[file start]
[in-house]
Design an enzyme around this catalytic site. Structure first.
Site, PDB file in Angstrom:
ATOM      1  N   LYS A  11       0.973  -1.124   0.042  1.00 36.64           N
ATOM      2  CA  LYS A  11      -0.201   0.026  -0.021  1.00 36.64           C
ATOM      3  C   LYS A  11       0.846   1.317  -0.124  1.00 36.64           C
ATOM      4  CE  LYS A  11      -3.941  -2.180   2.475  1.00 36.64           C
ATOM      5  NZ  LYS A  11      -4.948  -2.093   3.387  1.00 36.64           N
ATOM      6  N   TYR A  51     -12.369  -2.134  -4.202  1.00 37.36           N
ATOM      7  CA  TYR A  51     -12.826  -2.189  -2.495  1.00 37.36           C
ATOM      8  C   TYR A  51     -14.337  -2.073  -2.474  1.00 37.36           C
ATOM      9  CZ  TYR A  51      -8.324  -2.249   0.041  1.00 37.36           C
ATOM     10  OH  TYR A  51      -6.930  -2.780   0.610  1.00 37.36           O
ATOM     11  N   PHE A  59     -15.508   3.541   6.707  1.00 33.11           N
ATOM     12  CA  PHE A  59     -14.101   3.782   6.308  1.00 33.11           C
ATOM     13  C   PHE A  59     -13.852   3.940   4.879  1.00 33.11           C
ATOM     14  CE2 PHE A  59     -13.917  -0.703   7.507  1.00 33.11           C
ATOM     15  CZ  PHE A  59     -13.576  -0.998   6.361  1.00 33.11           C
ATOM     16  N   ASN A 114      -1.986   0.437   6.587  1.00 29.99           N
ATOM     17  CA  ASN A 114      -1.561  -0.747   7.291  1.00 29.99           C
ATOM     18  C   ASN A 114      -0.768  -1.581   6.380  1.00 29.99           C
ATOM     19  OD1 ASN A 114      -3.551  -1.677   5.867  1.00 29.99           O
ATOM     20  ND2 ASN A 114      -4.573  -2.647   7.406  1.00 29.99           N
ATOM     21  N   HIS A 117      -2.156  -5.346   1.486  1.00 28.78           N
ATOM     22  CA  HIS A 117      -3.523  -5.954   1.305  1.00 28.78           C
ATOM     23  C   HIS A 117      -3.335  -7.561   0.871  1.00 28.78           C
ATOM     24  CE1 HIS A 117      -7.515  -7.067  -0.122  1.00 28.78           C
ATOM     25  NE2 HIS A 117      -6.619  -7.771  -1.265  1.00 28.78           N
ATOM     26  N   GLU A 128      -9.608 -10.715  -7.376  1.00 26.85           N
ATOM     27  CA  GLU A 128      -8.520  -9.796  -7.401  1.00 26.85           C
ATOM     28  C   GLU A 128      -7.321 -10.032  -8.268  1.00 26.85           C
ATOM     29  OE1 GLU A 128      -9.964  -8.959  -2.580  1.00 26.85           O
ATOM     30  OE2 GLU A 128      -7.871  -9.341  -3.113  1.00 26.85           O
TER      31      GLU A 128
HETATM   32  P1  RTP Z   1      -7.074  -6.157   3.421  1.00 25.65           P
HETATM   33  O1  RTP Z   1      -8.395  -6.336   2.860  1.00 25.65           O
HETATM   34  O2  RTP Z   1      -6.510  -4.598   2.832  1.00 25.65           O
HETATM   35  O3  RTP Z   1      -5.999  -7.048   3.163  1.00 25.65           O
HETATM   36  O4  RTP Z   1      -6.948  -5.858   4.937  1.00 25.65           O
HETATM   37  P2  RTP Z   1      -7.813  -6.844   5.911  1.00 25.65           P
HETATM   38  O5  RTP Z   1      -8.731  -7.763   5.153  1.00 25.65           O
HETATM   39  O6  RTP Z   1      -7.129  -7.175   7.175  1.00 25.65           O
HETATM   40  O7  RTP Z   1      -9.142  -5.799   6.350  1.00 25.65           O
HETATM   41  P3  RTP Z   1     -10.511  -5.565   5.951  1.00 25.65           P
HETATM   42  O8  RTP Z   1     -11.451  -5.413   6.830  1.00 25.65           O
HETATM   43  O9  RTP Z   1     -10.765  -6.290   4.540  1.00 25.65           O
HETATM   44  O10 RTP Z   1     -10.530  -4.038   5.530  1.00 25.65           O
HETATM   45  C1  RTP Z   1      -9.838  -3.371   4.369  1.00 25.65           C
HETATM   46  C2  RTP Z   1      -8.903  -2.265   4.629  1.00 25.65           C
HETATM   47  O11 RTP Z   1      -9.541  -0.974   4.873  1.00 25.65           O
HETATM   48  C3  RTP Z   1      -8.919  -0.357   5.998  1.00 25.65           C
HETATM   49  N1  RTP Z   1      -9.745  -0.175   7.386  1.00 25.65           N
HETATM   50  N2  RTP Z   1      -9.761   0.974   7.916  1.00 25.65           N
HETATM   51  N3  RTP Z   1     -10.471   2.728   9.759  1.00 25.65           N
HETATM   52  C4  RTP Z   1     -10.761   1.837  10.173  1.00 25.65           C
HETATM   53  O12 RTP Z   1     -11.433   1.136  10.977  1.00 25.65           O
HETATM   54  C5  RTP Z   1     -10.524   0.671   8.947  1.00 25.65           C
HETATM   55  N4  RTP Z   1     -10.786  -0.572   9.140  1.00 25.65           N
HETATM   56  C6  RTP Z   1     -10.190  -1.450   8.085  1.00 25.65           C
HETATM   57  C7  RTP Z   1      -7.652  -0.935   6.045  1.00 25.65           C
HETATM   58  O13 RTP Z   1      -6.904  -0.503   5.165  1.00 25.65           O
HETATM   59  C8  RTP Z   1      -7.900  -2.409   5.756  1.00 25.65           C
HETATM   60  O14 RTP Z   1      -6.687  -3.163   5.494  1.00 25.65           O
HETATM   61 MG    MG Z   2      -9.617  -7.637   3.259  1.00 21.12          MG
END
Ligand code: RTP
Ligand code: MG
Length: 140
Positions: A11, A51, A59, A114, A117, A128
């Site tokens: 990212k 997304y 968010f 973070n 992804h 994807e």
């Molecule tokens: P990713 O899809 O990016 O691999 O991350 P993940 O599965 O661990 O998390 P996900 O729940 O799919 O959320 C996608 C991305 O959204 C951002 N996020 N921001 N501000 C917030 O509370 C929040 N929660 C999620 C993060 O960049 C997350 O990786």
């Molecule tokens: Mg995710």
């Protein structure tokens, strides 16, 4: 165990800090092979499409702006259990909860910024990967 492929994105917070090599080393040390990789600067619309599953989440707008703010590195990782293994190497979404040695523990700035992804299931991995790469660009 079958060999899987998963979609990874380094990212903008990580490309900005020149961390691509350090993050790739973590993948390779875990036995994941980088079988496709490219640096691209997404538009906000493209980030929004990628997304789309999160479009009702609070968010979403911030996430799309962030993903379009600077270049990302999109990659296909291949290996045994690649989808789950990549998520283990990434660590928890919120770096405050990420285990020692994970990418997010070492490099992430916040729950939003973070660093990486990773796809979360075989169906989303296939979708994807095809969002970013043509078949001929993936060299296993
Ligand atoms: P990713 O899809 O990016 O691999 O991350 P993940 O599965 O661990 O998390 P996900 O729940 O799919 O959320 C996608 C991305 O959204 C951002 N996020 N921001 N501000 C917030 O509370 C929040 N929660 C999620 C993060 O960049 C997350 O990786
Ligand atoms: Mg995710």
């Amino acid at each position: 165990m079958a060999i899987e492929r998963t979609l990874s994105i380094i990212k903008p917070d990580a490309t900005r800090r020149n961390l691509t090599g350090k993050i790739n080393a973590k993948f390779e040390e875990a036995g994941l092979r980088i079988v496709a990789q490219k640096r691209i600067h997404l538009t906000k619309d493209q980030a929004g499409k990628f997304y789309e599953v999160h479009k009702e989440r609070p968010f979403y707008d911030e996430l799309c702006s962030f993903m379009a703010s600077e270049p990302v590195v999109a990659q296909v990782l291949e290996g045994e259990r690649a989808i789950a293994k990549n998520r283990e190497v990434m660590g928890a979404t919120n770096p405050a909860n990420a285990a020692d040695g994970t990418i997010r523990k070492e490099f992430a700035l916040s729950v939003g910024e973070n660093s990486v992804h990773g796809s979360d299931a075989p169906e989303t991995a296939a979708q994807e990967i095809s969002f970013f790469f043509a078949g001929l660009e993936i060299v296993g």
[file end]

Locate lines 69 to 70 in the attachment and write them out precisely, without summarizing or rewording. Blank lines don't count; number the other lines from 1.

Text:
Positions: A11, A51, A59, A114, A117, A128
């Site tokens: 990212k 997304y 968010f 973070n 992804h 994807e």